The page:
Today's blog is all about food--Thai food, to be exact. In my novel, Rewriting Adam, I mention three specific dishes that my protagonist Ethan enjoys while in Chiang Mai. Three dishes that I've eaten since our arrival three weeks ago.
And here's the third, along with condiment options.
If you've read my novel, do you remember Ethan eating these three dishes? Do you remember the context for each of them? He ordered them all from a vendor along the street. If you've ever been to Thailand, you'll know that these street vendors make the BEST food!
But it's not just about the food. There's SO MUCH MORE to the experience of eating street food here. The tables fill the sidewalk but that's okay. Everyone just walks around. You sit down on a plastic stool at an often-wobbly table that's covered in a random, worn, plastic tablecloth where, from your vantage point, you can watch the cook make your dish. She/he stands there surrounded by her spices, her oils, her bowls of ingredients and cooks away with a smile on her face.
This is what Ethan experienced.
And as she cooks, the aroma of each dish wafts over to your table. Ahhhhh!
If it's a dish riddled with peppers, the spice will hit the back of your nostrils and throat. My response to that? Coughing--and then more coughing. Khrapao muu is such a dish because the peppers are fried first so that then the spicy oil envelopes each and every ingredient. Sometimes the cook will look up and smile at me as I cough, knowing it's the "pet" (hot spice) that's the cause. I'll smile back as I guzzle water and cough some more. It's a game of sorts with Thai cooks I think i.e. "How much spice will this farang (foreigner) be able to tolerate?" My hubby likes it spicy and relishes every bite. Ethan also enjoyed the spice. And if you remember Janus in the novel, he actually ADDS more spice, which surprises Ethan.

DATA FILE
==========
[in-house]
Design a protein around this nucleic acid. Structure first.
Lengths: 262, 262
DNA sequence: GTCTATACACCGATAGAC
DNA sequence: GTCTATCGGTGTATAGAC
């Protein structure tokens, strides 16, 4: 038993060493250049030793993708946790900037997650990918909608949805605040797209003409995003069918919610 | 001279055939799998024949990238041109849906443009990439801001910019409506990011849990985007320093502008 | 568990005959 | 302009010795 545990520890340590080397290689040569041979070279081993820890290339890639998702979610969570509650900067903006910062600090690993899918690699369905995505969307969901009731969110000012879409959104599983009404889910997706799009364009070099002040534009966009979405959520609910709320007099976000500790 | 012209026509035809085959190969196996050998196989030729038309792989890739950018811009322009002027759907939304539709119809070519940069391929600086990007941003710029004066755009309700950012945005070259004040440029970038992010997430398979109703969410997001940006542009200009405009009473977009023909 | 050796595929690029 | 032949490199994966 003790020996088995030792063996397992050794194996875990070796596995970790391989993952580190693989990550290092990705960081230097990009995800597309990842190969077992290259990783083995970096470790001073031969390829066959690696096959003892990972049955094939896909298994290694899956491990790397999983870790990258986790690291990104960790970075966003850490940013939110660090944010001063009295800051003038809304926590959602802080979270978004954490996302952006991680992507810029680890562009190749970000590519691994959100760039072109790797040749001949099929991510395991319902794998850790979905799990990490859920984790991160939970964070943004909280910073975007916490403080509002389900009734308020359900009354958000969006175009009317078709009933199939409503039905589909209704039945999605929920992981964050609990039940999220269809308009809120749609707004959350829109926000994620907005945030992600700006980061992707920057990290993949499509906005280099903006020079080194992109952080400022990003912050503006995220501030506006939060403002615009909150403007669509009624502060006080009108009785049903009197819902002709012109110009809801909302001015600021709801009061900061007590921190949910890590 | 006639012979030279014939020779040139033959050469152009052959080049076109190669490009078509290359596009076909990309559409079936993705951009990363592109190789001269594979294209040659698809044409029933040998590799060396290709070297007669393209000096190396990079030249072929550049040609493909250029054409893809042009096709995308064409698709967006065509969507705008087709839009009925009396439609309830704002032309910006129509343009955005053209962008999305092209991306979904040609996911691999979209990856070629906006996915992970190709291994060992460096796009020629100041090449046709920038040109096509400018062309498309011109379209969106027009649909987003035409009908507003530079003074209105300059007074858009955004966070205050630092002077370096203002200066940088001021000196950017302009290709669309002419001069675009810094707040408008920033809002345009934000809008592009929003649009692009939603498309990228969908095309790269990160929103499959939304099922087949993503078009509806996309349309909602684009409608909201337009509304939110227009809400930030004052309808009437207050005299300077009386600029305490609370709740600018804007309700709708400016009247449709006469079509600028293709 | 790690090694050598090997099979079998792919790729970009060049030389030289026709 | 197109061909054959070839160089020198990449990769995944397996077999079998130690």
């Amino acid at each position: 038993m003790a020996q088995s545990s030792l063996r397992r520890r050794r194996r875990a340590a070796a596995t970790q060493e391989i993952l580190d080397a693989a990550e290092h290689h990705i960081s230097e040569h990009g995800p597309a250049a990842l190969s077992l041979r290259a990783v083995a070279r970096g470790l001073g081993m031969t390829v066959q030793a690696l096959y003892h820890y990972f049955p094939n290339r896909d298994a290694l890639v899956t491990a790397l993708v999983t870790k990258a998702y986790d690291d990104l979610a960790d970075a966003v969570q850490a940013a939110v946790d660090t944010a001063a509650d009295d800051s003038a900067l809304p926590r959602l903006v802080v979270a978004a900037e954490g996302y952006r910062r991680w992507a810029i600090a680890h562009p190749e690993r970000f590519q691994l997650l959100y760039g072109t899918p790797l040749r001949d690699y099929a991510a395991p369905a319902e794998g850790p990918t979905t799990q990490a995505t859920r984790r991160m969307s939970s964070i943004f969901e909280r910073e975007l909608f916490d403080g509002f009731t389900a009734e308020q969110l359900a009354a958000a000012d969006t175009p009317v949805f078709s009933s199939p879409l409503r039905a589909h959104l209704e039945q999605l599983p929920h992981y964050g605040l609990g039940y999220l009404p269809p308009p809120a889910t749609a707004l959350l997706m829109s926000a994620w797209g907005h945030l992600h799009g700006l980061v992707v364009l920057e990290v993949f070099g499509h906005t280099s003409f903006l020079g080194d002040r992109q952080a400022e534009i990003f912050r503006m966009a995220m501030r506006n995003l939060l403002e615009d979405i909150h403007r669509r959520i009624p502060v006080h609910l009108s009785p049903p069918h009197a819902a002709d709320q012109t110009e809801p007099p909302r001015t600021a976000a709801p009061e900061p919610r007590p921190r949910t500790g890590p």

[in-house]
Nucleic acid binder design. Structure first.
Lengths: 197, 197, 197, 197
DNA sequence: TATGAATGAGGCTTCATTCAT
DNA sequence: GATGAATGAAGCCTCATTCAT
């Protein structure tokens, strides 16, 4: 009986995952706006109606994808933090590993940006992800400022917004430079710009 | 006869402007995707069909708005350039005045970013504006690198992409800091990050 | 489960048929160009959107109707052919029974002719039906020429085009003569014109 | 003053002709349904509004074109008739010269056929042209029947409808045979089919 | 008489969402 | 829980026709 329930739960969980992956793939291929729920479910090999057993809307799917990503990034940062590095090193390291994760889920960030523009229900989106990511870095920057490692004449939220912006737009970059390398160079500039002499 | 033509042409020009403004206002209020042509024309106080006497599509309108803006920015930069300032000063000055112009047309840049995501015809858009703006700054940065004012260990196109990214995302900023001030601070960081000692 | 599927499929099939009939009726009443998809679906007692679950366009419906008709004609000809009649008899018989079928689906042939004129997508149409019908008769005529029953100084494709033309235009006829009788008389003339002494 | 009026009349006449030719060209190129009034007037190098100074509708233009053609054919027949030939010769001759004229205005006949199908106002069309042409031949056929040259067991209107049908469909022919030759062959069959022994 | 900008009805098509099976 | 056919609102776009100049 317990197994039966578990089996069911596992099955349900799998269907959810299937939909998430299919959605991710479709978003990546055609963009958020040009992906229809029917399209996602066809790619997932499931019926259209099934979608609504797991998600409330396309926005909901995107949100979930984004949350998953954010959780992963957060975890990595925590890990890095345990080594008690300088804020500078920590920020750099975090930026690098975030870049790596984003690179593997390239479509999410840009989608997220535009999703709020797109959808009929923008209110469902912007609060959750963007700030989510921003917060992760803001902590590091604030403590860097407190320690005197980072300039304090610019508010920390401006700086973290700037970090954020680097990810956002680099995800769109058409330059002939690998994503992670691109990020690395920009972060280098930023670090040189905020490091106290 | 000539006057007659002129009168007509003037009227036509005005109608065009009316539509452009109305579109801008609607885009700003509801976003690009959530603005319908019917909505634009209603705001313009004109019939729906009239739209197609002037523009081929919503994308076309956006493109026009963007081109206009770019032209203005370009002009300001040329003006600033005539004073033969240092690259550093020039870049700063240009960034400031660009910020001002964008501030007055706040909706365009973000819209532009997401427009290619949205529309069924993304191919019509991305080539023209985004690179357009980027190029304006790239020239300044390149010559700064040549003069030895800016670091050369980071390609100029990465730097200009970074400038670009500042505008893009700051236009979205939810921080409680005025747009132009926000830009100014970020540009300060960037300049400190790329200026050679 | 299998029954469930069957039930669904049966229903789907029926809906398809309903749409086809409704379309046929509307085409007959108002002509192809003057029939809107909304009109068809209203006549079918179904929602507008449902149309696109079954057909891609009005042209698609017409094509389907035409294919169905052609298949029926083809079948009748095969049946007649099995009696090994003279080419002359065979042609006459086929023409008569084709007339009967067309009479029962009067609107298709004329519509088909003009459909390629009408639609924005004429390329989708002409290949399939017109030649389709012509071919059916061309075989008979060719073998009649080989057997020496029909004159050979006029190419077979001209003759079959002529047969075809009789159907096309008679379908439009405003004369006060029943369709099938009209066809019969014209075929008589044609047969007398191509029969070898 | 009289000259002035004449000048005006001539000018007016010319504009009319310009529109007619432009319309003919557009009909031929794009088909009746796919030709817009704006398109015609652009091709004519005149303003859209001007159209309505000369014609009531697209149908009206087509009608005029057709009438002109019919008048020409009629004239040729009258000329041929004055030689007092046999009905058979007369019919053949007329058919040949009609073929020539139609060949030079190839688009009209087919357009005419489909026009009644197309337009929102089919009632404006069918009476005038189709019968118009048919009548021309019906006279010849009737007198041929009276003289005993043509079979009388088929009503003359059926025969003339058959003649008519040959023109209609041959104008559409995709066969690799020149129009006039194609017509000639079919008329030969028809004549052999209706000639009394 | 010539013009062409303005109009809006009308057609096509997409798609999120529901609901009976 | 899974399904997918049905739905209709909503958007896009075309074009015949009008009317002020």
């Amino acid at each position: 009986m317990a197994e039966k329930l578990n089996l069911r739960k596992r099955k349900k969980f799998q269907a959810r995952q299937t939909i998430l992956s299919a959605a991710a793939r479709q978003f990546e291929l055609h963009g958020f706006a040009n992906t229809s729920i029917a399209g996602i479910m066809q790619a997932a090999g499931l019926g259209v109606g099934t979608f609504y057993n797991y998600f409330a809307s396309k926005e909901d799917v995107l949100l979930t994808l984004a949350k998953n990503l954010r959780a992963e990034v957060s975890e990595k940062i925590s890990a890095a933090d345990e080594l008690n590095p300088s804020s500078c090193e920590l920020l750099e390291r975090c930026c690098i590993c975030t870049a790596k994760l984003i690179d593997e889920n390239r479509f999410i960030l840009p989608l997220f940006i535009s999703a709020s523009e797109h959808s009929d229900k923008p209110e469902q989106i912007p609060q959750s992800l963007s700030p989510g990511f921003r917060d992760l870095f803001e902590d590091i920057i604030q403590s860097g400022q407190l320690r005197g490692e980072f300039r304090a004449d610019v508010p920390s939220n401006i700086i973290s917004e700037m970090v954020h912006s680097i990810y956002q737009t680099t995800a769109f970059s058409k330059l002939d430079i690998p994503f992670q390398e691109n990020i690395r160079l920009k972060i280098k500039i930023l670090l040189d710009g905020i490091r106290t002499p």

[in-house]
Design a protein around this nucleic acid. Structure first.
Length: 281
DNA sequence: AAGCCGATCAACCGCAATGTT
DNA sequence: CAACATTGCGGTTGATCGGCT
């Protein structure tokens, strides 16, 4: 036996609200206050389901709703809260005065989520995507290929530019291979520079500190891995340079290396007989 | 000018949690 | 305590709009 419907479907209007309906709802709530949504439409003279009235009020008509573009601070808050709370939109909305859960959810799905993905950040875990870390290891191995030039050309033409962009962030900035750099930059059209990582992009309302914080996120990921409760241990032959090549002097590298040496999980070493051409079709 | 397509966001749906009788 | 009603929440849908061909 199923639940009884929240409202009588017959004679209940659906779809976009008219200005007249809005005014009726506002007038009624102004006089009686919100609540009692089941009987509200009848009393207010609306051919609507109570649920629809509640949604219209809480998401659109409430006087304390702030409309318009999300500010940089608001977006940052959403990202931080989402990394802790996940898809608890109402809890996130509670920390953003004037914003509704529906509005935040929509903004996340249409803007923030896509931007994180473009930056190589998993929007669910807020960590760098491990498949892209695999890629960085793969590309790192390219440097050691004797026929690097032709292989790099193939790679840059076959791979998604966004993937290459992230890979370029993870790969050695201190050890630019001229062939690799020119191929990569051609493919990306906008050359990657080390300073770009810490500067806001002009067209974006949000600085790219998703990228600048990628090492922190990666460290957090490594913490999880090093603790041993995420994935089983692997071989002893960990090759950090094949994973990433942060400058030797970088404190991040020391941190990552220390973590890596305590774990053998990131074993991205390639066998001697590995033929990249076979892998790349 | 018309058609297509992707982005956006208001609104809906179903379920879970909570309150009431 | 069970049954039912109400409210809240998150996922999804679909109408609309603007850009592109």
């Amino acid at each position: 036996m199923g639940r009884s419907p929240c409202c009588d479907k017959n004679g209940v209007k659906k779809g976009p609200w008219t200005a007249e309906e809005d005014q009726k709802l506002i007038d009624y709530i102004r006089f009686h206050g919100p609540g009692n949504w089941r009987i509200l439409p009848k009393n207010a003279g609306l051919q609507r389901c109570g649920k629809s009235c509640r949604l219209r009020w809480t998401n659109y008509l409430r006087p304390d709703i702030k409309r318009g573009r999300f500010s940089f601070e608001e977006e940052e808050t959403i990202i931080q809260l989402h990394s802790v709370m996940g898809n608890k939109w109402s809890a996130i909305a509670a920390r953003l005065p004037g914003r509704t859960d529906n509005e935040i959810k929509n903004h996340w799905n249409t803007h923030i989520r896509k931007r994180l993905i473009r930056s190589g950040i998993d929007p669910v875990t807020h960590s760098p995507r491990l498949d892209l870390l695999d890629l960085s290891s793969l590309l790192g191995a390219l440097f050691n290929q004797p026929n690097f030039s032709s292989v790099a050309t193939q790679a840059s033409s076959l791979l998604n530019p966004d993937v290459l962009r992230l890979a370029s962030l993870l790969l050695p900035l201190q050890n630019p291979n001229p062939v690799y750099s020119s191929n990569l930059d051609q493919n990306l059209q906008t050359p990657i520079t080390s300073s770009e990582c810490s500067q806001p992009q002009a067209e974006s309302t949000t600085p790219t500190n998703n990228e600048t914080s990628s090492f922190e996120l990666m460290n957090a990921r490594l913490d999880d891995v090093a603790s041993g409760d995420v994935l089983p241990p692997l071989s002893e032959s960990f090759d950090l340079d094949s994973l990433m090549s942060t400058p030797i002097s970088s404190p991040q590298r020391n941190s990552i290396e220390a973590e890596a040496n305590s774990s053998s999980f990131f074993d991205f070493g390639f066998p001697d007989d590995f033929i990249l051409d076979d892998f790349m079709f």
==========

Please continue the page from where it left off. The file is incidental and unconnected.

But with this dish, it's the fried egg on top that just adds that little extra something. As you break the soft yolk into the meat, it counteracts the spice and, along with the mellow rice, is a perfect balance of flavours in the mouth. Mmmmm.
Ethan loved this dish. Me? I usually pick a milder one because even if you say "mai pet" (not spicy), the spice will be too much for my tastebuds.
But there's more to the experience as is shown in the above right photo. Often you're not alone. The pets wander about without a sound, enjoying any scraps that drop. It's just a way of life here--a way of eating here. Ethan loved it. And so do I.
Of course, Ethan ate many other dishes but those are the three I mention in my novel. Those are the three I wanted to share with my readers.
And, if you're interested, I'm adding a link to a pretty good basil pork recipe that I found online. It requires holy basil--a lot of it. You could use other types of basil, but if you want the true authentic taste, only holy basil will do. (could be called Thai basil in the store)
You'll know it by its purplish stems and anise seed taste. An acquired taste but I like it.
Here's the recipe link:
If you try it, let me know. I'd like to know what you think.
This won't be my last blog about food here. But it's a good beginning--Ethan thinks so too!